Although not all pugs actually need to be crate trained, proper crate training can have many benefits for any pug or owner. Many pugs have severe separation anxiety because pugs are pack animals. As a result, when humans leave a pug home alone, sometimes the pug will chew or destroy furniture and other objects. Crating a pug for a few hours when it is home alone will help to reduce anxiety-related destruction.

Another benefit of crate training is that wild dogs live in dens. These dens provide protection from the weather, comfort and security. Crate training, when done properly, can give a domestic pug the same sense of security.

Another good use for crate training is transportation. If your pug is trained to go into its crate on command then it can be taken on a trip or to the vet with ease.

When you first begin crate training a pug, it’s important not to lock the pug in the crate or use the crate as a punishment in any way. The object is to get the pug to want to go into his crate when he needs to. It should feel comforting, like a human’s bedroom. If you are going to be home with your pug the crate should be left open so that the pug has free access to his crate. This will allow him to get used to the crate. Over time he will actually enjoy spending time in his crate, even when he doesn’t have to.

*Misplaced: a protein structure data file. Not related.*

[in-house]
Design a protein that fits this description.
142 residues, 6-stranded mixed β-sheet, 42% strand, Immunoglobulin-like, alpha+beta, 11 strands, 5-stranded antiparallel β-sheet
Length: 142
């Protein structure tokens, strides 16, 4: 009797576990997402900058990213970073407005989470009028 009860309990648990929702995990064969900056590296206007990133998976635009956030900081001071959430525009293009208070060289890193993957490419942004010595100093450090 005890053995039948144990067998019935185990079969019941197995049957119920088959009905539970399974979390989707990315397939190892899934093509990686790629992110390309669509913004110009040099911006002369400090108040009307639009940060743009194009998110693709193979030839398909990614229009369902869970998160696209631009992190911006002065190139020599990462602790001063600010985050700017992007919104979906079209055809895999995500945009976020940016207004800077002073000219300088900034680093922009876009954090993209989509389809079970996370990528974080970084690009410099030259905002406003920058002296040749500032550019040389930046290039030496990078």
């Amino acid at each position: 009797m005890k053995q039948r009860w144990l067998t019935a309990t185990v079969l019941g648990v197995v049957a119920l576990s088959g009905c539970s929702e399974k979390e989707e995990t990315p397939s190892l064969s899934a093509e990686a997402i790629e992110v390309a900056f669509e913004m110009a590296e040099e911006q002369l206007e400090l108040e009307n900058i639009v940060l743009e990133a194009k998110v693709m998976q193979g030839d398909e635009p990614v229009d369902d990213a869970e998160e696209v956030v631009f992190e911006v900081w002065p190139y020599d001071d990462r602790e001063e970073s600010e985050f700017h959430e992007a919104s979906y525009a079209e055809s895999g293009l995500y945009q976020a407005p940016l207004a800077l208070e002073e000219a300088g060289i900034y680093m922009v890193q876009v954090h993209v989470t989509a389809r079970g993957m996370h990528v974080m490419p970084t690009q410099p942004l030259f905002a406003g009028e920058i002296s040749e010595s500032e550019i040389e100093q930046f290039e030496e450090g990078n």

The only situation where crate training should not be used is if nobody is going to be available to let the pug out of the crate for a certain amount of time. Pugs like to keep their beds clean, so they do not like to go to the bathroom anywhere near their beds. A smaller puppy generally has to go every two or three hours. An older pug can generally wait for up to five or six hours. Therefore, a crate should never be used for long-term confinement.